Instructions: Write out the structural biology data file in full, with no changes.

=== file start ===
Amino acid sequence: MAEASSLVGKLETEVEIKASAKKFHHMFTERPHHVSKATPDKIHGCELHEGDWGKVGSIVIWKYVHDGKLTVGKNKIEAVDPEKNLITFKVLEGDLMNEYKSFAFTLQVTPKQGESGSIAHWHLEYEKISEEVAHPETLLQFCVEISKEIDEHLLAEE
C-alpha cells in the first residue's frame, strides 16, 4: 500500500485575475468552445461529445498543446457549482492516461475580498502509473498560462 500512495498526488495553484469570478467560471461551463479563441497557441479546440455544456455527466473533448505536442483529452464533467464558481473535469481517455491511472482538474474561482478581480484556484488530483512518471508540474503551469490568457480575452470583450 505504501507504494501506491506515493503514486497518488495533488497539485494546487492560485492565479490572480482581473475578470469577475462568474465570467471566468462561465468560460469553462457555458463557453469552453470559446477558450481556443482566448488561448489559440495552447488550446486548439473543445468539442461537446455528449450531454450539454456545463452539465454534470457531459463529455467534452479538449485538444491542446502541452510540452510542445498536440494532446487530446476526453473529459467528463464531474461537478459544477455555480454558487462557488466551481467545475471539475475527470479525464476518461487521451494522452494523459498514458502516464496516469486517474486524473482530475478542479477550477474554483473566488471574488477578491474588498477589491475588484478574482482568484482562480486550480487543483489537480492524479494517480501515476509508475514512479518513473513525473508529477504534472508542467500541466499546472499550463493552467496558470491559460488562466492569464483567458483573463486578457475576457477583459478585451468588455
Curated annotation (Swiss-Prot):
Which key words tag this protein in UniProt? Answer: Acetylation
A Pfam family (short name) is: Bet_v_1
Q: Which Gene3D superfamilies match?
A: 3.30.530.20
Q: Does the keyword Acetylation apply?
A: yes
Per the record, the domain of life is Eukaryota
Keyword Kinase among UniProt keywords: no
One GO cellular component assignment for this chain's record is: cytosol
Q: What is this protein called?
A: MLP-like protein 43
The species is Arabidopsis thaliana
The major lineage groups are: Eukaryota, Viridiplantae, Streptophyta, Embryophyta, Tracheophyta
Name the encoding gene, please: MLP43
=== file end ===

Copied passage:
Amino acid sequence: MAEASSLVGKLETEVEIKASAKKFHHMFTERPHHVSKATPDKIHGCELHEGDWGKVGSIVIWKYVHDGKLTVGKNKIEAVDPEKNLITFKVLEGDLMNEYKSFAFTLQVTPKQGESGSIAHWHLEYEKISEEVAHPETLLQFCVEISKEIDEHLLAEE
C-alpha cells in the first residue's frame, strides 16, 4: 500500500485575475468552445461529445498543446457549482492516461475580498502509473498560462 500512495498526488495553484469570478467560471461551463479563441497557441479546440455544456455527466473533448505536442483529452464533467464558481473535469481517455491511472482538474474561482478581480484556484488530483512518471508540474503551469490568457480575452470583450 505504501507504494501506491506515493503514486497518488495533488497539485494546487492560485492565479490572480482581473475578470469577475462568474465570467471566468462561465468560460469553462457555458463557453469552453470559446477558450481556443482566448488561448489559440495552447488550446486548439473543445468539442461537446455528449450531454450539454456545463452539465454534470457531459463529455467534452479538449485538444491542446502541452510540452510542445498536440494532446487530446476526453473529459467528463464531474461537478459544477455555480454558487462557488466551481467545475471539475475527470479525464476518461487521451494522452494523459498514458502516464496516469486517474486524473482530475478542479477550477474554483473566488471574488477578491474588498477589491475588484478574482482568484482562480486550480487543483489537480492524479494517480501515476509508475514512479518513473513525473508529477504534472508542467500541466499546472499550463493552467496558470491559460488562466492569464483567458483573463486578457475576457477583459478585451468588455
Curated annotation (Swiss-Prot):
Which key words tag this protein in UniProt? Answer: Acetylation
A Pfam family (short name) is: Bet_v_1
Q: Which Gene3D superfamilies match?
A: 3.30.530.20
Q: Does the keyword Acetylation apply?
A: yes
Per the record, the domain of life is Eukaryota
Keyword Kinase among UniProt keywords: no
One GO cellular component assignment for this chain's record is: cytosol
Q: What is this protein called?
A: MLP-like protein 43
The species is Arabidopsis thaliana
The major lineage groups are: Eukaryota, Viridiplantae, Streptophyta, Embryophyta, Tracheophyta
Name the encoding gene, please: MLP43